EA Games and a Dynamic Difficulty Double Standard? (2 Cor. 11:24-27)

The evil empire struck again… or so we thought anyway. Electronic Arts, better known simply as EA, is no stranger to controversy and a massive amount of general negativity. After all, it is companies like EA that continue to release annual franchise games (often with minimal improvements over the previous year), fork over the cash to purchase not only gaming franchises but entire STUDIOS, and tend to monetize their games through micro-transactions that are often less than warmly received by the gaming public. And when the word got out that EA had filed a patent for a progressively adaptive difficulty system (DDA) that would make the game harder for experienced players… well, that pretty much set off every gaming community that I am aware of. Websites immediately picked up on the news, word of a class action lawsuit were made public, and the outcry began… until we all found out that this was merely a patent from 2016 that had already been issued and was simply being retained by the company. Whoops… guess we can all put our pitchforks and torches back down. Nothing to see here… right?

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Here is the funny thing… the “rubber band effect” in gaming is nothing new. We have all felt it… games not only becoming progressively harder, but our enemies “magically” improving their abilities in order to keep the game competitive. Have you ever even PLAYED Mario Party? The computer will lose every mini-game and make the dumbest choices possible for 48 out of 50 turns, then suddenly land on a “star balancing space ” that rewards them with ALL the gold and stars just 2 turns before the end of the game. Or maybe you have observed it in a racing game like Mario Kart, where you may have dominated the field for 2 out of 3 laps but on the final lap every racer gets the BEST power-ups and catches up with you to make it a race to the finish line on the final lap. The ramp up in difficulty may not always be appreciated (ESPECIALLY in Mario Party), but it is there to keep the player fully engaged in the game and enjoying the adrenaline rush that comes with a narrow, hard-earned victory. So why did so many gaming communities and even established game journalists launch an attack on EA for something all of us are fairly familiar with at this point?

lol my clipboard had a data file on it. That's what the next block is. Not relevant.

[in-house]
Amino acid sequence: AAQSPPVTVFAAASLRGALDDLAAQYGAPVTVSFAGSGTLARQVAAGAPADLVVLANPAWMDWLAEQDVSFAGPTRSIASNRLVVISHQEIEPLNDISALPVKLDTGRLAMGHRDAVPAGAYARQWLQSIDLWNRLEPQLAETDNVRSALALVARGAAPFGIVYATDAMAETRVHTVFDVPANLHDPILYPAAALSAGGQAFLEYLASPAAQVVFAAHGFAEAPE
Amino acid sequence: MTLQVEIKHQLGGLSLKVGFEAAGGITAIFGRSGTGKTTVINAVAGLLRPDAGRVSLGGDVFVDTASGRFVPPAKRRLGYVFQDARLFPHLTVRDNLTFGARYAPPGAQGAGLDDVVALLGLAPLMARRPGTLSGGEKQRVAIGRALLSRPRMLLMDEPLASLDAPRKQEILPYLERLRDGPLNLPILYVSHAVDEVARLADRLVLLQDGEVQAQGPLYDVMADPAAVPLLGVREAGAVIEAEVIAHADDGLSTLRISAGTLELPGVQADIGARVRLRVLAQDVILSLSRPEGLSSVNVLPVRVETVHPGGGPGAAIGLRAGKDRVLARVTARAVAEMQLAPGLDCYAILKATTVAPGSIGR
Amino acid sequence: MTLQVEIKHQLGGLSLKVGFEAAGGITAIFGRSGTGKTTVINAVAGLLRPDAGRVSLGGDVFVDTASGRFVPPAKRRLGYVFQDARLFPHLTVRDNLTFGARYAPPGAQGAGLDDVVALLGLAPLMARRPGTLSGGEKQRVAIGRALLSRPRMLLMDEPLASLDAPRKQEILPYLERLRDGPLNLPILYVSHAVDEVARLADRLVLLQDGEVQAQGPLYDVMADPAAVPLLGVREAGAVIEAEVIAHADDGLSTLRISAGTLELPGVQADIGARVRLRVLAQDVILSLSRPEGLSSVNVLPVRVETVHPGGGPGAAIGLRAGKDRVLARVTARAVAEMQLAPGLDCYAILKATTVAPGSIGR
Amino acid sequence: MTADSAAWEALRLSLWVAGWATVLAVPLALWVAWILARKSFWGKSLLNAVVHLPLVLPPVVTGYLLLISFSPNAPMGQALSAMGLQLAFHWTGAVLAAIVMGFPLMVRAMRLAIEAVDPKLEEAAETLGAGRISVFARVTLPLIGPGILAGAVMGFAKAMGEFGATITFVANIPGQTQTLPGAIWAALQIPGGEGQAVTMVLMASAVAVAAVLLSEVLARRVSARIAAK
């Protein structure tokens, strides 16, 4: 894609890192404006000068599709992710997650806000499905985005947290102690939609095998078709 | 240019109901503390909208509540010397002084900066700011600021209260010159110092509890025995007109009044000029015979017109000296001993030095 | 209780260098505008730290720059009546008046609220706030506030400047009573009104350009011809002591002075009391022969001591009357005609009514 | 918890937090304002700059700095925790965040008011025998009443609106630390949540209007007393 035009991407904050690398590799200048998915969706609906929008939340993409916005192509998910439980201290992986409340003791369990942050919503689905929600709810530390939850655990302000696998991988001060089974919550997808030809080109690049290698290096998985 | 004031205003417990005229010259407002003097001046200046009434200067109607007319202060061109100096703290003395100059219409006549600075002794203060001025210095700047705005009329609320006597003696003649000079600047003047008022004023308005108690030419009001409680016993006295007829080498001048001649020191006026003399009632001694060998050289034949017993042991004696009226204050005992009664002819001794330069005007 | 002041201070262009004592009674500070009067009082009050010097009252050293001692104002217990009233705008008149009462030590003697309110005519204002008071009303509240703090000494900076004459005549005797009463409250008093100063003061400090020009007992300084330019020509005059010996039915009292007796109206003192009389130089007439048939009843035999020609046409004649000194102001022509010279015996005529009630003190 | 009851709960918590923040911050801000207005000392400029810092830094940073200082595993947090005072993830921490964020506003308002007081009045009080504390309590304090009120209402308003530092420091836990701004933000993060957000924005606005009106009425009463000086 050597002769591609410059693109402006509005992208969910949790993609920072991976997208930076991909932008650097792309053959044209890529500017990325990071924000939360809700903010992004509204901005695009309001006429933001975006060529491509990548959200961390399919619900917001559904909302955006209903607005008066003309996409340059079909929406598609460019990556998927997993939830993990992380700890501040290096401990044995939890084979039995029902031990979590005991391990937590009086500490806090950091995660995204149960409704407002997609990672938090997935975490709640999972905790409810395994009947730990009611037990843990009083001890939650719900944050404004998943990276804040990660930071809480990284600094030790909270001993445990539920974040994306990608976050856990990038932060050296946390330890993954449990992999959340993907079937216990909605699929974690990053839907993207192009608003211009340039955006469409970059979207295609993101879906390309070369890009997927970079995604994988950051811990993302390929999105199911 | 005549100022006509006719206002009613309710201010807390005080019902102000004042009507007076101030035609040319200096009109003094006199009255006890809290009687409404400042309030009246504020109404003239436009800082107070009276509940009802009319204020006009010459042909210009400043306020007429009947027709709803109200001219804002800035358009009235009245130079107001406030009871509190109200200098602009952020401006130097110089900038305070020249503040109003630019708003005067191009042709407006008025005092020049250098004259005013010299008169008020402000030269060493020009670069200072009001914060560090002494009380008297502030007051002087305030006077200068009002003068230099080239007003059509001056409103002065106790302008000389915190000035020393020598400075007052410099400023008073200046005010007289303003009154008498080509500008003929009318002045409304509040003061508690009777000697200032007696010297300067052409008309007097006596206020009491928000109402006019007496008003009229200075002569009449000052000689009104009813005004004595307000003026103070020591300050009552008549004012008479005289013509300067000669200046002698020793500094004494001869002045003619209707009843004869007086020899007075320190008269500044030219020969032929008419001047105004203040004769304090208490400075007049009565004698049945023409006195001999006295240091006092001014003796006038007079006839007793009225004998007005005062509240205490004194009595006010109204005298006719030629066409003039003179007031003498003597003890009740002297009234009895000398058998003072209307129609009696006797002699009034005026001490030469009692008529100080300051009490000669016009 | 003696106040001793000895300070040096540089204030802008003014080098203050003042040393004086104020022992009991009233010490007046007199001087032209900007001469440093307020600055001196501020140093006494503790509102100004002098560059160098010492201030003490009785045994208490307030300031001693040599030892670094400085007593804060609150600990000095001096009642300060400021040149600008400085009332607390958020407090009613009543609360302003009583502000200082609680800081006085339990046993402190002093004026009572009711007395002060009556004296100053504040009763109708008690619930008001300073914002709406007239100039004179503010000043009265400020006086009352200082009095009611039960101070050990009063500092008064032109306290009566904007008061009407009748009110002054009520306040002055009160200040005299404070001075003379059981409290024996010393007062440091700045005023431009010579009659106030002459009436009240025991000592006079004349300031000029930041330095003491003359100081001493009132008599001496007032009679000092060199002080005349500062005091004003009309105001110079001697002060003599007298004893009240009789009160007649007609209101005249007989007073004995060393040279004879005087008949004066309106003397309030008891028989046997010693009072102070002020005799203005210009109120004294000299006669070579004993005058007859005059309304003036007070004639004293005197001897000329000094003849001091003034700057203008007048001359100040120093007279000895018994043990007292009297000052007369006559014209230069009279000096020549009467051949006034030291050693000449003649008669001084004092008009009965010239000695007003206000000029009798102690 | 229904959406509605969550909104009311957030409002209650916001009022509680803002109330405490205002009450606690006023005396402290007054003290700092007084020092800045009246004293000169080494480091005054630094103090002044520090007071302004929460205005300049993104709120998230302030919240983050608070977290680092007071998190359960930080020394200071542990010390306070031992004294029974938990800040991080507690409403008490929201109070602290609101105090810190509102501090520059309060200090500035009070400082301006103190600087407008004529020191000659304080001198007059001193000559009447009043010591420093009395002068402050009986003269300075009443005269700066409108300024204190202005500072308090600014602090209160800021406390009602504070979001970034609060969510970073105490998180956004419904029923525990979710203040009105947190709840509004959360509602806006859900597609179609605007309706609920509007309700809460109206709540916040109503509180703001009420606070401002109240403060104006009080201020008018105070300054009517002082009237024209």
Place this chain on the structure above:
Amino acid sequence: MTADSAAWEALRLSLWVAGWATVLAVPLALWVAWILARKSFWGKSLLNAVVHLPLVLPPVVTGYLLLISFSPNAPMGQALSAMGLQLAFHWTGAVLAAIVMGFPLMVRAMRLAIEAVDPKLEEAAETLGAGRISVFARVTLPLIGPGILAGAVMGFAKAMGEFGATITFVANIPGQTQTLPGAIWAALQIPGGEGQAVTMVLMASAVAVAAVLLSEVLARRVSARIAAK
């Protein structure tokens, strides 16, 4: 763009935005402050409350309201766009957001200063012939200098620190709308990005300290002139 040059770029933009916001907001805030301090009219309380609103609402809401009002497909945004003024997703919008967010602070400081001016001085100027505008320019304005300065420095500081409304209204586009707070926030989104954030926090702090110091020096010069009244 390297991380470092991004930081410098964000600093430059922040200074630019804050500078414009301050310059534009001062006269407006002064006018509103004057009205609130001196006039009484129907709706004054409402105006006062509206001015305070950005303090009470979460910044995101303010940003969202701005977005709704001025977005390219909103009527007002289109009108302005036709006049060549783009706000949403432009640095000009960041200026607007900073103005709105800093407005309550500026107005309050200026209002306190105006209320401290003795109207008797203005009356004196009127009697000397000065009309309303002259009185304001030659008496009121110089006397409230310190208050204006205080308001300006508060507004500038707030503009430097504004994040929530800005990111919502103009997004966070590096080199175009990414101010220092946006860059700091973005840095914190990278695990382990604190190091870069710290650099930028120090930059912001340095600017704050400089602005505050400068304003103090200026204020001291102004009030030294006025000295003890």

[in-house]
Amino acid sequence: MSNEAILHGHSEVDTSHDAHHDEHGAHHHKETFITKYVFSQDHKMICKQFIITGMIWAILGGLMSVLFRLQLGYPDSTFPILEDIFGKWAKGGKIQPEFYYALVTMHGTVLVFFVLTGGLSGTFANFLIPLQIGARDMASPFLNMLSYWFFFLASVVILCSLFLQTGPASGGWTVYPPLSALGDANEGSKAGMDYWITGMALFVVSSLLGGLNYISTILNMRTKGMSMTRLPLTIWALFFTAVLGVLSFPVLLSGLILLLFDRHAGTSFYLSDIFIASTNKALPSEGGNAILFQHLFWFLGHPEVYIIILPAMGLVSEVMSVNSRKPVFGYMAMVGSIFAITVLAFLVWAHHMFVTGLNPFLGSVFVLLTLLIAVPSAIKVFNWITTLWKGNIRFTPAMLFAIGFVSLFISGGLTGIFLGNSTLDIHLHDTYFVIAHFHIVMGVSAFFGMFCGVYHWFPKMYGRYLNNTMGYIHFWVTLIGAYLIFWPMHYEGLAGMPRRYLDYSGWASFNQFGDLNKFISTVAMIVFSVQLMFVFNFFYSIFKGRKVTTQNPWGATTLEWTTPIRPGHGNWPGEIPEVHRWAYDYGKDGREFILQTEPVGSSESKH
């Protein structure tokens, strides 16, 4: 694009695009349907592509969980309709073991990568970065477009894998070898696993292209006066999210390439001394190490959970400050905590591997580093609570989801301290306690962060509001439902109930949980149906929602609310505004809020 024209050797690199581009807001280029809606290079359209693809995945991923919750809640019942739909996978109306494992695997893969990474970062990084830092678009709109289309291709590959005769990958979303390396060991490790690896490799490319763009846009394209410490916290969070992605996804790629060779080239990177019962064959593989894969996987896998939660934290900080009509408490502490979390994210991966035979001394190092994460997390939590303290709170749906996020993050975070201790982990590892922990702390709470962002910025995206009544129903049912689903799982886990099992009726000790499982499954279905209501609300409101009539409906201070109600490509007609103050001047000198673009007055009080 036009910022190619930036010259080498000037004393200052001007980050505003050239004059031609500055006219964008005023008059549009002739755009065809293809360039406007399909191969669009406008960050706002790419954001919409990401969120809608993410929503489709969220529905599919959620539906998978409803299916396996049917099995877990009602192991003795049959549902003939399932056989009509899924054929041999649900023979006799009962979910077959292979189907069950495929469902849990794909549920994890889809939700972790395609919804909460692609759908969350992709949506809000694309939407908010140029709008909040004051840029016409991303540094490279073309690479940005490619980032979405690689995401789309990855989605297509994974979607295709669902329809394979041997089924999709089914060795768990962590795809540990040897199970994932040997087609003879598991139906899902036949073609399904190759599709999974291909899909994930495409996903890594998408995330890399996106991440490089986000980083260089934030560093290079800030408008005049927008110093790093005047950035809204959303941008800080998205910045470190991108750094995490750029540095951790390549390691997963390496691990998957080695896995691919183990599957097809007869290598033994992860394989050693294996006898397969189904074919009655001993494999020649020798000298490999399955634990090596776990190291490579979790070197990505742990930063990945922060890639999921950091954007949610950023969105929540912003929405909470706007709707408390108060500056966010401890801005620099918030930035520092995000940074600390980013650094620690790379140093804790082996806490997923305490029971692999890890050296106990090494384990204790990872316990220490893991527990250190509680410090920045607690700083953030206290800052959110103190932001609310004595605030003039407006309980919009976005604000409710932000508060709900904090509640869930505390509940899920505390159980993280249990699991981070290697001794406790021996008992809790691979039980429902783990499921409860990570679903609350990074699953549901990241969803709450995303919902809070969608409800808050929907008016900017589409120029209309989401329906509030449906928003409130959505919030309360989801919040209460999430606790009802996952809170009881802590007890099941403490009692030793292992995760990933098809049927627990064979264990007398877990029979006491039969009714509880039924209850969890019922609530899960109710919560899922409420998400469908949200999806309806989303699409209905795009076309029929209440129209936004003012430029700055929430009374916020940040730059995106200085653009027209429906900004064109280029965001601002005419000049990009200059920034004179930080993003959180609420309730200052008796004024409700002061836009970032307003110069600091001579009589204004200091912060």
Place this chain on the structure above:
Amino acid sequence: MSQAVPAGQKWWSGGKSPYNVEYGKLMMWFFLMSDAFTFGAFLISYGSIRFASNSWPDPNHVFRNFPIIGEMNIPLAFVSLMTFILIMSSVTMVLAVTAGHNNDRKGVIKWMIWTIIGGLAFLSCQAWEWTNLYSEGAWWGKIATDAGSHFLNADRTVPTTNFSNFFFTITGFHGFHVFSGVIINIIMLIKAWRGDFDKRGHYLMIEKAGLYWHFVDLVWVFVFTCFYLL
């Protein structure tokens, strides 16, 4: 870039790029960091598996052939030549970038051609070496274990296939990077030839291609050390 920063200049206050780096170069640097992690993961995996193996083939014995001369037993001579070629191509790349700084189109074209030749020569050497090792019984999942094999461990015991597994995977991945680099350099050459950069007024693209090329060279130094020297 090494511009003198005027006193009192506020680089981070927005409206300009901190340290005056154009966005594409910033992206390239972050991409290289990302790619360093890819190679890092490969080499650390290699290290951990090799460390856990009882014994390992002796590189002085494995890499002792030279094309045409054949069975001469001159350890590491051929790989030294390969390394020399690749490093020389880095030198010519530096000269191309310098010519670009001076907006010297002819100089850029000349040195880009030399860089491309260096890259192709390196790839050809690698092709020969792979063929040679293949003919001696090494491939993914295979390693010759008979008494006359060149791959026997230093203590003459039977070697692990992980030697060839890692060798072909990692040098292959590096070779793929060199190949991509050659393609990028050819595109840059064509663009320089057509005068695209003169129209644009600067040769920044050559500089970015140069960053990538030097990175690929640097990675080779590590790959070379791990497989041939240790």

In a word… MONEY. The immediate response from the gaming community was that this was a cash grab for EA, finding a way to wring even MORE dollars out of their titles by creating difficulty spikes that would incentivize players to pay for upgrades on sports titles such as FIFA in order to compete with this dynamic difficulty system. But here is the funny thing… just a few short years ago we all PRAISED Warner Brothers games for enacting their “Nemesis” system in their Shadow of Mordor titles, which, interestingly enough, made the game progressively harder as enemies learned from previous encounters with the player and actually became STRONGER and more difficult to beat. I have listened to review after review complain about the consistent stupidity of the enemy AI in games such as the Assassin’s Creed series… and gamer’s objections to simplistic and repetitive gameplay is often one of the most consistent pieces of critical feedback many games face. So why did so many websites and gamers get up in arms last week when we found out that EA was simply updating a patent that would make games adapt to our skill level in order to KEEP the game competitive, when so many other times we PRAISE other games for doing something similar? This question deserves a deeper look.